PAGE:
On the alleged “costs” of breaches

By , February 20, 2007 5:59 pm

Behavioral psychology at its simplest would suggest that if you want to discourage or reduce sloppy data protection on the part of businesses, there should be consequences that serve as a deterrent or as a punisher for slipshod data protection practices. And indeed, some articles have talked about the “costs” of data breaches as if the costs should be sufficient to act as a deterrent.

But are these “costs” really expensive enough to serve as a meaningful deterrent or punisher? What do we make of the fact that TJX had a breach that had the potential to affect perhaps 40 million individuals, and yet… and yet…. their stock just hit a 52-week high? From the Houston Chronicle‘s earnings preview for TJX today:


The company suffered a security breach during the quarter when a computer hacker gained access to its computer system and stole transaction histories. TJX will take a related charge in the fourth quarter of at least a penny per share.


Currie, who rates TJX “Neutral,” said he doesn’t expect the company to comment on the security breach as the investigation is still ongoing.


STOCK PERFORMANCE: Shares rose nearly 2 percent over the quarter and are up 23 percent for the year. The stock hit a 52-week high of $30.24 on Jan. 24. In midday trading, shares were up 15 cents to $28.62 on the NYSE.

OK, now I’m no more a stock analyst than I am a security analyst or a psychoanalyst, but if a penny a share might cover their losses and if their stock hit a one year-high after they announced a huge breach and after media reports that at least 30 states are investigating them, well….

Where is the financial “punishment” that will deter them from further breaches? Is the punishment that they make less of a profit than they would have? Sorry, but these figures don’t suggest that they will take enough of a ‘hit’ for it to make a serious dent in the way they do business. Maybe if 30 states each hit TJX with a huge fine, but even then….

As much as I believe in “natural consequences” as opposed to artificial punishments, it’s not clear that “natural consequences” apply here, unless the credit card companies stop dealing with retailers that do not adhere to industry standards on security. Or maybe someone reading this has a better idea?

Updated 2-25-07: Over at Emergent Chaos, Adam posted some links to articles on the TJX breach. One of them is a piece on RiskAnalys.is that reports that TJX claims that they

“suffered $5 million in losses due to the incident (2.4% of PROFIT, dang). You and I know that because of accounting rules, TJX actually has incentive to exaggerate that loss. This is one of those rare cases of positive impact of an incident – companies can impact taxes for a profitable quarter by throwing money at various incident related expenses. I mean, they were going to have to go through all the “compliance” rigamoral anyway, why not wait until they absolutelty HAVE to spend the cash (i.e. when there’s an incident).”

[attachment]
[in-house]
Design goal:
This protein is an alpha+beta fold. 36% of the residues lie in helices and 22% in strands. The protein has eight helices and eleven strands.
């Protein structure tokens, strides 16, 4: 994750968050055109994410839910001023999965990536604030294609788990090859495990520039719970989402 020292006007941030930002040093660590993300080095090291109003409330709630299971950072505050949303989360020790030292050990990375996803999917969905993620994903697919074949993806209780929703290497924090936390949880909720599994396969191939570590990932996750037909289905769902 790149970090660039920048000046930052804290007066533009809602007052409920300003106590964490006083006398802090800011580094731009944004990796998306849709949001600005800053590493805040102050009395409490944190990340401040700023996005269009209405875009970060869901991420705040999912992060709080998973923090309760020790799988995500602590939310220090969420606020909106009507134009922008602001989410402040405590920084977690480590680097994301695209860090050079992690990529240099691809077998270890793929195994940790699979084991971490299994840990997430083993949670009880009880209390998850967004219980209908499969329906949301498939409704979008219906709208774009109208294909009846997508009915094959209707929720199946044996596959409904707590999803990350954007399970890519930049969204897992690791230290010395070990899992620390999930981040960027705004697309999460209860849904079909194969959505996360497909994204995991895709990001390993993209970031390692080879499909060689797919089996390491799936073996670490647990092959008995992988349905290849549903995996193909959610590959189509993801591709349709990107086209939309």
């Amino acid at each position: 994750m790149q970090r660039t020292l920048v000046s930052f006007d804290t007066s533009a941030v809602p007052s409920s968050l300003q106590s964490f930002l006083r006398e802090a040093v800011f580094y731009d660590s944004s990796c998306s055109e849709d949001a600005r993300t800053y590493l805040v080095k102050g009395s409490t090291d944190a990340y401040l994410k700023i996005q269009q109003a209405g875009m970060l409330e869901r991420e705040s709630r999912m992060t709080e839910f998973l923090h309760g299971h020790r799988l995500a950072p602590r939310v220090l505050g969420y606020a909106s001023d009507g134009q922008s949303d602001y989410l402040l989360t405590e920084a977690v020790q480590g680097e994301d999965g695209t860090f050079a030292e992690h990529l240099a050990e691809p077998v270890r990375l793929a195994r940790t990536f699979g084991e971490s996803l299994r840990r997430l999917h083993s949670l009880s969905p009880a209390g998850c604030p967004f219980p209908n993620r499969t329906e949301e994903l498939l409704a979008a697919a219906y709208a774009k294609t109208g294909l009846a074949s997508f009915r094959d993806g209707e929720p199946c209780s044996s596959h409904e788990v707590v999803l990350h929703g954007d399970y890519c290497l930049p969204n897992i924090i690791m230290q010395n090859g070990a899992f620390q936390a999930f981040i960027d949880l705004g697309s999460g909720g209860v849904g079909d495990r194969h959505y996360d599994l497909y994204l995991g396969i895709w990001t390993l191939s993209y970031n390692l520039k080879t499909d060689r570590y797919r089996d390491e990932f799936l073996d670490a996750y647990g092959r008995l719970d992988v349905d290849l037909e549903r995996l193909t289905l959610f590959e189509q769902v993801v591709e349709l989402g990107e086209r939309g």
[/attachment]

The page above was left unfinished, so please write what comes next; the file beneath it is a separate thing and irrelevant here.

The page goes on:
If Alex is correct in his figures, then he is suggesting that TJX didn’t even suffer $5 million in “losses.” And — on the principle of not counting chickens before eggs are hatched — since they are not true “losses” but rather “less profit than they might have made otherwise,” so far it appears that we really are talking about a relatively piddling amount in the grand scheme of things. Maybe when all the legal fees kick in to deal with so many state investigations, they’ll feel a bit more pain. One can only hope.

2 Responses to “On the alleged “costs” of breaches”

  1. Alex says:

    Hi, IIRC the $5 million was a published number from their quarterly report.

    I’ve had some fairly trustworthy anecdotal (but still anecdotal) reports in a pretty similar incident that suggests that these numbers are over-stated for the purpose of accounting tricks. I think we can expect the number to grow over the next 3 quarters, as well.

    Note that if TJX follows the path that other retailers with similar incidents will take, then they will spend plenty on control measures, some on consulting (to create the due diligence paper trail) and then NOT change corporate culture at all. Let’s hope they’re different, but from the sound of their PR, I doubt it.

  2. dissent says:

    Thanks, Alex. After the VA breach, there was some falling-on-sword behavior. With the Hewlett Packard pretexting scandal, ditto. I don’t expect to see anyone falling on their sword at TJX. Nor do I expect significant changes/improvements in their security practices. Color me “jaded,” but both the scenarios you discuss in your blog do have one common theme, i.e., don’t try to take money away from business. Don’t penalize them if they foul up, and penalize those who try to deprive them of their royalties. The laws simply do not protect the individual or the individual’s privacy.

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